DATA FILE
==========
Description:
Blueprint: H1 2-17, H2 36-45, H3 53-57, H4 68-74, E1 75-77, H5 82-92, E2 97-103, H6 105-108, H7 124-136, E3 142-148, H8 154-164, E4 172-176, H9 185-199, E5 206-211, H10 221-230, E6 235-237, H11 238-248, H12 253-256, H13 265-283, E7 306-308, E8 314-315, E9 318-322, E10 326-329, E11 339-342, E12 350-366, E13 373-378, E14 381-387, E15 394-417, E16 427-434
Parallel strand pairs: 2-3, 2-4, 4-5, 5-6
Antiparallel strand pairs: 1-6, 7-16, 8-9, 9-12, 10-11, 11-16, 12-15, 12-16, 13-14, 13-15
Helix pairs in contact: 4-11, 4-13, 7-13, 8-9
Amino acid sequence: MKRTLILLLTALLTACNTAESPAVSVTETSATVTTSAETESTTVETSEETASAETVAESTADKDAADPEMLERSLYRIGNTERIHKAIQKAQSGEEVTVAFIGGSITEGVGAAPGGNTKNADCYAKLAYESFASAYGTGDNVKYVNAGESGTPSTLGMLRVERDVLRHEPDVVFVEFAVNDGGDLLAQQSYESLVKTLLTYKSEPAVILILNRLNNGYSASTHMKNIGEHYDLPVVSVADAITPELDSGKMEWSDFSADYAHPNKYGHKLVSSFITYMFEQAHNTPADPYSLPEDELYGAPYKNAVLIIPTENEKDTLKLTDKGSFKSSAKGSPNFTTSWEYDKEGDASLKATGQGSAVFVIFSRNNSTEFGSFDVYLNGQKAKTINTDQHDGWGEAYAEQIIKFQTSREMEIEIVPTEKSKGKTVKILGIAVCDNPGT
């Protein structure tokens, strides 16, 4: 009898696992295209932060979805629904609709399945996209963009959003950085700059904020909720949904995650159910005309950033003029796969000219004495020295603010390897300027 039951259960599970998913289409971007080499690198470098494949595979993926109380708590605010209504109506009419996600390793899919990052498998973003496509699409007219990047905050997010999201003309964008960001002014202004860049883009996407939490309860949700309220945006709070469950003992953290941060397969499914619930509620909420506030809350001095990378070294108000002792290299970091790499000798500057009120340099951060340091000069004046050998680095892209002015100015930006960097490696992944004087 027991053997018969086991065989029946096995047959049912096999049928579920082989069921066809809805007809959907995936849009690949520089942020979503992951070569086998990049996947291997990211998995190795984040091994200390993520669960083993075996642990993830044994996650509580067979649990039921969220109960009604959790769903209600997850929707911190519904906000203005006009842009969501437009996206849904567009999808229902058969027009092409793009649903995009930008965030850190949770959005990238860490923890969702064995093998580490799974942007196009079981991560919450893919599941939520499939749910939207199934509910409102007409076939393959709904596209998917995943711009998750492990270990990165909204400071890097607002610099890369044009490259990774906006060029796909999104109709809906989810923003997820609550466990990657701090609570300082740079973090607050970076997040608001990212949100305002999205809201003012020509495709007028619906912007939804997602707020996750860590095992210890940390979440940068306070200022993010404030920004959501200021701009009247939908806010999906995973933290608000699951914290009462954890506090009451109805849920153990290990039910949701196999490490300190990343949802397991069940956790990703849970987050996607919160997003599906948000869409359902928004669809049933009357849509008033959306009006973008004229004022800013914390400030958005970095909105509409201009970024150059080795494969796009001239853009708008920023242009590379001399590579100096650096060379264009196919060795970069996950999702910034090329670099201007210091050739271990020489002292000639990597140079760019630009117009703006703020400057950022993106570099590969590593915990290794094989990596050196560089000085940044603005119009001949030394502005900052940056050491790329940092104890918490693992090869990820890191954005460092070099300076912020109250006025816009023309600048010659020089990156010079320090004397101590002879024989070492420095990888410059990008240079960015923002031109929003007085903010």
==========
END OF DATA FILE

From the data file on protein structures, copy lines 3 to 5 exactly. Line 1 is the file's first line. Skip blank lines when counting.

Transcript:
Parallel strand pairs: 2-3, 2-4, 4-5, 5-6
Antiparallel strand pairs: 1-6, 7-16, 8-9, 9-12, 10-11, 11-16, 12-15, 12-16, 13-14, 13-15
Helix pairs in contact: 4-11, 4-13, 7-13, 8-9